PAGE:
Friday, 20 June 2014

(172) June 21: Nehemiah 11-13 & Acts 4:23-37

Ask God to open your mind, heart and will to understand, delight in and obey what you read.

To discover:­­
As you read consider what the final chapter is teaching us about God’s people.

To ponder:
We learn the reason for registering the people (7v4-73) was to ensure Jerusalem was populated (11v1-2). The leaders set an example by living there, and the remaining inhabitants were decided by lot as a means of God’s determination. Such upheaval is the equivalent of someone moving in order to serve or plant a church.
            The list of those who lived in Jerusalem has a military feel (11v6, 8, 14), suggesting security was still a need. Amongst the leaders were those governing parts of the city, those working at the temple, and those leading music. The references to “the king” (11v23-24) probably refer to the king of Persia. The record of those settling both in Jerusalem and in the villages, and over an area larger than Judea, highlights that the land was resettled with an ambitious desire to regain the entire inheritance given in the days of Joshua.
            The list of priests and Levites includes those from the days of Darius (Ez 5-6) and the high priest Jeshua, and so from both returns. The sources of the names are no doubt noted to emphasize the accuracy of the records, which was necessary if their descendents were to be deemed fit to serve at the temple. The concern that only those of the priesthood of all believers serve in the church is a commendable one.
            By recounting the dedication of the newly rebuilt walls of the city, the closing section of the book returns us to its great theme. It seems this took place after Nehemiah had returned from a trip back to Babylon, and so over twelve years after he first arrived (12v27, 44, 13v1, 4, 6-7). The Levites were called together to conduct this event, and Nehemiah arranged a great procession along the wall, comprising Judah’s leaders, two large choirs, musicians, and Nehemiah himself. It culminated in the temple with many sacrifices and much joy (12v31-43).
            It was then that people were put in charge of the tithes the law required for the priests and Levites. It is noted that they fulfilled their responsibilities to purify the people (12v30, 45, see Lev 11-15) and served with others as in the days of David and Solomon. This stresses the continuity of practice, and makes this a high point for the Jews. Indeed, when “the book of Moses was read” and it was realised Ammonites and Moabites should not be included in the worshipping community, the people seemed to go as far as excluding all foreigners from it.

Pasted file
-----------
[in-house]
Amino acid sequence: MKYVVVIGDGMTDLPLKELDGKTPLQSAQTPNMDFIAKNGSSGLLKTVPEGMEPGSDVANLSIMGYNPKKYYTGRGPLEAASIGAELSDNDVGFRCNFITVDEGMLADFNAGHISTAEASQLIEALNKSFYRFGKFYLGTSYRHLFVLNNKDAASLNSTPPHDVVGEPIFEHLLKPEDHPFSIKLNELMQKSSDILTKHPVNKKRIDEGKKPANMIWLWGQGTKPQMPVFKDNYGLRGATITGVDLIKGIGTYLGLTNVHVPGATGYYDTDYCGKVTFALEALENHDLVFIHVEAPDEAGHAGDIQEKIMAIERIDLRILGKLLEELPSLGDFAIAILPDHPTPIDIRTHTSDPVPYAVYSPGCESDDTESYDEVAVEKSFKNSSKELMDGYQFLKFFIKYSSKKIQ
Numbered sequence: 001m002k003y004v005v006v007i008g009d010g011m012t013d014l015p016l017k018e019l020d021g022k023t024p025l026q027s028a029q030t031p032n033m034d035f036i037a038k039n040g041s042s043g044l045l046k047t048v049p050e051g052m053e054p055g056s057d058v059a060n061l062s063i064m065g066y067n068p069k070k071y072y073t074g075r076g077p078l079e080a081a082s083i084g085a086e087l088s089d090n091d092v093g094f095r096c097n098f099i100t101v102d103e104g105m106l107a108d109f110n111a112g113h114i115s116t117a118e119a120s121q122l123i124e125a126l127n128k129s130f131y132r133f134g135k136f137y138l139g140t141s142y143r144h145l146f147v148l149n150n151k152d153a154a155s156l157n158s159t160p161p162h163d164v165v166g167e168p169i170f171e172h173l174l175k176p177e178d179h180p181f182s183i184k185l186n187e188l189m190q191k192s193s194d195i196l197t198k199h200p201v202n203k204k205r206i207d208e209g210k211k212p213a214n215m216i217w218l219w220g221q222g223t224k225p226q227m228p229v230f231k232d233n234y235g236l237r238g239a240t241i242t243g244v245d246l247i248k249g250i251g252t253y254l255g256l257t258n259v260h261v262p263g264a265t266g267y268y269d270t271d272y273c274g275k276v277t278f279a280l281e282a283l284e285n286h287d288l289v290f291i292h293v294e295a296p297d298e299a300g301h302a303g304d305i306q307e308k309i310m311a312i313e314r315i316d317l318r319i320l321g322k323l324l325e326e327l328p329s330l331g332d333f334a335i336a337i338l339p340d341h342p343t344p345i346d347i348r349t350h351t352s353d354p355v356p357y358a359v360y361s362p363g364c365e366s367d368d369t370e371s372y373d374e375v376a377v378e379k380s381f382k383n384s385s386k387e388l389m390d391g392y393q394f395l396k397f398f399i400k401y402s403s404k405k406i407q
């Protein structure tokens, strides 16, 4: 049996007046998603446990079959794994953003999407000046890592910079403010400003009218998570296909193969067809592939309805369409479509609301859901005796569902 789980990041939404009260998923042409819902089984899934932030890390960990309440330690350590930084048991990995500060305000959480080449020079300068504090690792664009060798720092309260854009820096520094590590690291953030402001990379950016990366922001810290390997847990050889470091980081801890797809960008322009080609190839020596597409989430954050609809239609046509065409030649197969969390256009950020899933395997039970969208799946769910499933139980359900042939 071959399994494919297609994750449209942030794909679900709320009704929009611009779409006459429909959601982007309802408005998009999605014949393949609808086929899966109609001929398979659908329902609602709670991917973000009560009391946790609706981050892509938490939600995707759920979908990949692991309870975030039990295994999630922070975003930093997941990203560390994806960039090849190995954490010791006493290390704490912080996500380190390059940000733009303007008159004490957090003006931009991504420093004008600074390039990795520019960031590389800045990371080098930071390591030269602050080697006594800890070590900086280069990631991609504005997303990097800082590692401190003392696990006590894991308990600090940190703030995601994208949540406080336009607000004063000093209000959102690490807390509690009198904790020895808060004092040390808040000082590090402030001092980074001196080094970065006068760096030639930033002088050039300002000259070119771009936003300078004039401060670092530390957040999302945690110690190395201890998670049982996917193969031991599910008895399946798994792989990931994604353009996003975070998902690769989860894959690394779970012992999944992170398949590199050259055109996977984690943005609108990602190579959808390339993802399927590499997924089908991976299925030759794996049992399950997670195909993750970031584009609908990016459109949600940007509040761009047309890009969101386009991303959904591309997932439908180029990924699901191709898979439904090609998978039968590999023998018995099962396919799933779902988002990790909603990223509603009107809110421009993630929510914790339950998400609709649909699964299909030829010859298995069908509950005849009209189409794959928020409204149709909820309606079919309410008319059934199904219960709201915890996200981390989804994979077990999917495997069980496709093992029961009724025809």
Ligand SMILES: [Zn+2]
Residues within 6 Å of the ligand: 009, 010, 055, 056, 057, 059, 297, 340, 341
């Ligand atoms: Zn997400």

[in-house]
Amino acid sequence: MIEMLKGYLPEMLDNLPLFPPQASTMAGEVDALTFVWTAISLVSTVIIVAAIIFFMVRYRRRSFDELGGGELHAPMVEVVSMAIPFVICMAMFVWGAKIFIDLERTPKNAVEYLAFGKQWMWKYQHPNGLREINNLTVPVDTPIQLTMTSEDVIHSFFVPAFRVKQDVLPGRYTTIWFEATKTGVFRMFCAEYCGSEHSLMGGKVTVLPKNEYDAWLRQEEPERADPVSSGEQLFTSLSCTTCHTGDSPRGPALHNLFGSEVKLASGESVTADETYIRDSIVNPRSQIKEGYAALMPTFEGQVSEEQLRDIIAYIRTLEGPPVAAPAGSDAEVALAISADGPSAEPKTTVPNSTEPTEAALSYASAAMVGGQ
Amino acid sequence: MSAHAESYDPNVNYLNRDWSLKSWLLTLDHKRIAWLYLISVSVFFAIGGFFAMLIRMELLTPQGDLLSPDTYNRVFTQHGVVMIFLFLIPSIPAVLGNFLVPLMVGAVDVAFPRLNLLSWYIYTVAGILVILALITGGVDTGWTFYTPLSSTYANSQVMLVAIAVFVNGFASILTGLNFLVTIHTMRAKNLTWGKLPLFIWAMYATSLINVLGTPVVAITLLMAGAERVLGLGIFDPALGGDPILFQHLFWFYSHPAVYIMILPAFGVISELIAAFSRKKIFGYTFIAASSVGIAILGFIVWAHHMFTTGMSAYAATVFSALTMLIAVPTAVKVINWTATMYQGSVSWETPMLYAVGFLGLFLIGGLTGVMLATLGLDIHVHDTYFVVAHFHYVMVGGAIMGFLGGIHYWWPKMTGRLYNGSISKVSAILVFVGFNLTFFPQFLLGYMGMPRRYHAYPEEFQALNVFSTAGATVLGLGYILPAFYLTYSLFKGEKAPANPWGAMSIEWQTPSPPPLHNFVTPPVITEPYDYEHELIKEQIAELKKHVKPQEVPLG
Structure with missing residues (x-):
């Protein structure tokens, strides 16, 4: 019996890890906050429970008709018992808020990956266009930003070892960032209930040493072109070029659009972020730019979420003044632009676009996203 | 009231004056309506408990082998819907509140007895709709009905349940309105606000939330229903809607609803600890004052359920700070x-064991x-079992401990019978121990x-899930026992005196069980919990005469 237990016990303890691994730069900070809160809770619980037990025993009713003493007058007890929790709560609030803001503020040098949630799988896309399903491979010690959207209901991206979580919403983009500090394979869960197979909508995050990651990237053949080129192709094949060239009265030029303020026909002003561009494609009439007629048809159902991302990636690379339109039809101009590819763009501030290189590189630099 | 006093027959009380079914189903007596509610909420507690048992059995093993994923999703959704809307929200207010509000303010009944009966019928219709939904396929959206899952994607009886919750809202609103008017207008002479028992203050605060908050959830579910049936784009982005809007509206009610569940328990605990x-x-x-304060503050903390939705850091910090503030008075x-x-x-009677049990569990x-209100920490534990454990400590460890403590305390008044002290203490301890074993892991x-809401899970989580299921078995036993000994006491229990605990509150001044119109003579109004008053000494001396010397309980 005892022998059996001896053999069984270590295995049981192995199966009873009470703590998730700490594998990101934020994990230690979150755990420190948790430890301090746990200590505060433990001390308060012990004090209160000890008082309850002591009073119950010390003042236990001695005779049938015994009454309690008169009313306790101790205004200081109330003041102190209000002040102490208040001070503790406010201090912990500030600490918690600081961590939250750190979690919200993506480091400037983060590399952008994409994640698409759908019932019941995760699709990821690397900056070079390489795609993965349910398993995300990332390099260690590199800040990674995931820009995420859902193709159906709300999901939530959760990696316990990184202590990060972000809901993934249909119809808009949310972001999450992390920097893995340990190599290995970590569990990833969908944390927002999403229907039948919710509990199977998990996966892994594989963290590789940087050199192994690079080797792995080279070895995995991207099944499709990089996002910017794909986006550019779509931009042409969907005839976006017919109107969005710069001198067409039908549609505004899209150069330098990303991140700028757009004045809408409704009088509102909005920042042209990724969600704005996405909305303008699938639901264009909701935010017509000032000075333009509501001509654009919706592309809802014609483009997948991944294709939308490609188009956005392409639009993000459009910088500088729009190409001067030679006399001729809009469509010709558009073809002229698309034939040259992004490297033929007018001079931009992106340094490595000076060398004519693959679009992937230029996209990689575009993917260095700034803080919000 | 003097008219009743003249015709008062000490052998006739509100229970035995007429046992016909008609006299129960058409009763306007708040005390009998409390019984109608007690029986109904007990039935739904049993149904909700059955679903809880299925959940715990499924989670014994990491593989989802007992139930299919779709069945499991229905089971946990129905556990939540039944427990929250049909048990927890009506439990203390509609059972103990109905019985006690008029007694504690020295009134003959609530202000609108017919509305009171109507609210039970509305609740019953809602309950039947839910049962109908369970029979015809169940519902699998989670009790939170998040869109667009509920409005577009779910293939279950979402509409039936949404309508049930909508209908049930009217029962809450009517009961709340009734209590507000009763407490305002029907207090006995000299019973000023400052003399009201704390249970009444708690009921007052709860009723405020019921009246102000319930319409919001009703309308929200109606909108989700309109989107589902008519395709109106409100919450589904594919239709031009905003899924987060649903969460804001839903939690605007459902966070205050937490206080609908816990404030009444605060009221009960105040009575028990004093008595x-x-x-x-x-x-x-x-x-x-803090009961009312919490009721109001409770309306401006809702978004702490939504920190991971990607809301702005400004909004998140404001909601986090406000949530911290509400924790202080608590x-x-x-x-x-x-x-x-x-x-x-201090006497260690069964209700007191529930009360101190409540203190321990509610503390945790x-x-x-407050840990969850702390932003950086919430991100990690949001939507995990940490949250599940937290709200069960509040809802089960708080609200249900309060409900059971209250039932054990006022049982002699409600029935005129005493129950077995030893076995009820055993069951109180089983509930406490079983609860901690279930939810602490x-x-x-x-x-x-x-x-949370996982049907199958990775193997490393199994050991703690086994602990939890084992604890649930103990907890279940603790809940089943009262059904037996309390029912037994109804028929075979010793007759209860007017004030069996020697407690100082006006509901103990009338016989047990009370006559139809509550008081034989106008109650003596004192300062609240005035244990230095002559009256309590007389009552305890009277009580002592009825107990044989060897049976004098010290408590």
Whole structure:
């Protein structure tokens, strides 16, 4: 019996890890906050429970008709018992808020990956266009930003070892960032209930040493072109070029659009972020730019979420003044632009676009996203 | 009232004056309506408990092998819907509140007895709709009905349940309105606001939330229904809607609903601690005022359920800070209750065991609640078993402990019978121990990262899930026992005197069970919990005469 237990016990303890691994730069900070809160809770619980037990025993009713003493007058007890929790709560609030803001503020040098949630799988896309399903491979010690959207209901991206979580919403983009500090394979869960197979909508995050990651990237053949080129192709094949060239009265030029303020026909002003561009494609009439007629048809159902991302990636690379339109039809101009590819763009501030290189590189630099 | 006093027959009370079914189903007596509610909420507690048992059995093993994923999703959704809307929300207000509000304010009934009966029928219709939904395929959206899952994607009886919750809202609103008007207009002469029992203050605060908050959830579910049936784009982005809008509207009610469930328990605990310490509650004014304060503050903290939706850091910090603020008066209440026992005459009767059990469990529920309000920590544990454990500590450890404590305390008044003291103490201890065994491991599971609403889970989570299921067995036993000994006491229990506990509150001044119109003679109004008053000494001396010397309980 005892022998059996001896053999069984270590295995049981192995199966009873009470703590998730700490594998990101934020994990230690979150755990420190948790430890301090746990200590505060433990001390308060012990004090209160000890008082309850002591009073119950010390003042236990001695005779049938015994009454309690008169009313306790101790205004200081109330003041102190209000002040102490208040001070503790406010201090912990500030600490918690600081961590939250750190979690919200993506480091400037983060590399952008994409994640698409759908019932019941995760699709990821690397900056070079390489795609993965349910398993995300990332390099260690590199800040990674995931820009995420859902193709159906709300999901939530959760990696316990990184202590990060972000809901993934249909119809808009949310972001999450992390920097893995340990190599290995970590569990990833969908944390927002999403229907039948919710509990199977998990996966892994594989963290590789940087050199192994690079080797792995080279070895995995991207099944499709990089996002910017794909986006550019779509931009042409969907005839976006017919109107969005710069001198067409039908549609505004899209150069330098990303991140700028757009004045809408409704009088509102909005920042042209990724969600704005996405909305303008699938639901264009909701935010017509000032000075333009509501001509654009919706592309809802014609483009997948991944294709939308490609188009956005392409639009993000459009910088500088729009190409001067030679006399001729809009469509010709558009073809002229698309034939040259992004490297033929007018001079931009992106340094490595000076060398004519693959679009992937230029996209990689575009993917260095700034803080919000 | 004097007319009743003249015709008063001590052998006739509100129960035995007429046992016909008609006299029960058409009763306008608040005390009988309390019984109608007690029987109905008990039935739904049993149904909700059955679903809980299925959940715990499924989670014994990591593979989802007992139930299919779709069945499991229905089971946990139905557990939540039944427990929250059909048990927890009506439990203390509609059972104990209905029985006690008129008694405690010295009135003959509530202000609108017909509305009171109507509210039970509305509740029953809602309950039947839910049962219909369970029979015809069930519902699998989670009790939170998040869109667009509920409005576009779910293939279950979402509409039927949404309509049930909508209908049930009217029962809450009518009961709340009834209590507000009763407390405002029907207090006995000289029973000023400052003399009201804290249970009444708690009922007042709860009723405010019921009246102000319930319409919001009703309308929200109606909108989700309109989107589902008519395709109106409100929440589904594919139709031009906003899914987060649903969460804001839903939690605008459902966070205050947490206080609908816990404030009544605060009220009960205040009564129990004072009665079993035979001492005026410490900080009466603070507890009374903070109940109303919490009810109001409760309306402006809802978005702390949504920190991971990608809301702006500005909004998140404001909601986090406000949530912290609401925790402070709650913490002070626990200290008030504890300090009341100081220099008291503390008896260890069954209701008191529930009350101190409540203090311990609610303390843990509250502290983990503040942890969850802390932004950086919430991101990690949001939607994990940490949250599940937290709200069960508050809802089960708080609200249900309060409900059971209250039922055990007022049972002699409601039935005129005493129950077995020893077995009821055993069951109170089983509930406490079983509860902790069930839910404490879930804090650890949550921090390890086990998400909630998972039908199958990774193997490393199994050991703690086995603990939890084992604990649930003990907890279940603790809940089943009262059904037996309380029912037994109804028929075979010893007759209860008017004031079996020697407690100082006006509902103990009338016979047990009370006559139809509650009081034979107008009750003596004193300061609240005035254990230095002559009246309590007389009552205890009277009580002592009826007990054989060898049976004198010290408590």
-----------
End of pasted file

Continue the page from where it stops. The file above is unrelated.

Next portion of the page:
However, despite such zeal there were ample signs the kingdom of righteousness was still distant. At some earlier point, while Nehemiah was away, a priest had actually given a chamber in the temple to Tobiah, an Ammonite. On returning, Nehemiah had to evict him and purify the rooms. He also learned that the very three things the people had covenanted with God to do (10v30-39), had been neglected: First, portions hadn’t been given the Levites, forcing them to neglect the work of the temple and return to their fields in order to eat. Second, the people were working and engaging in commerce on the Sabbath. Third, they had intermarried with the surrounding peoples so that the next generation couldn’t even speak the language of Judah, threatening the passing on of the faith and their distinctive witness to the nations. In each case Nehemiah took action. He put trustworthy men in charge of the provisions for the Levites, praying God would remember that. He warned and rebuked those desecrating the Sabbath, reminding them this previously led to the exile and that they were “stirring up more wrath.” He then shut and posted guards on the gates, threatening any who came to trade, again praying God would remember his act and show him mercy. Finally, he rebuked and even beat those who married foreigners, making them take an oath not to have their children do the same, reminding them of how this led Solomon himself into sin. Nehemiah also drove off the High Priest’s grandson for marrying a foreigner (against Lev 21v14, because he could become High Priest). Here he prayed God would remember the sins of these priests, but finishes again asking God to remember and favour him for purifying, organising and providing for the priests and Levites.
The book therefore ends making clear that the people are the same as they have ever been, ready to repeat the very sins that led to the division of the kingdom after Solomon and its eventual exile. Rulers like Nehemiah might be able to ensure obedience for a time, but what was really needed were new hearts that would consistently obey and an everlasting king who would be forever present. For this, the people had would wait 400 years.

Praying it home:
Praise God for renewing our hearts into obedience. Pray for him to raise up leaders like Nehemiah to reform his church.

Thinking further:
None today.
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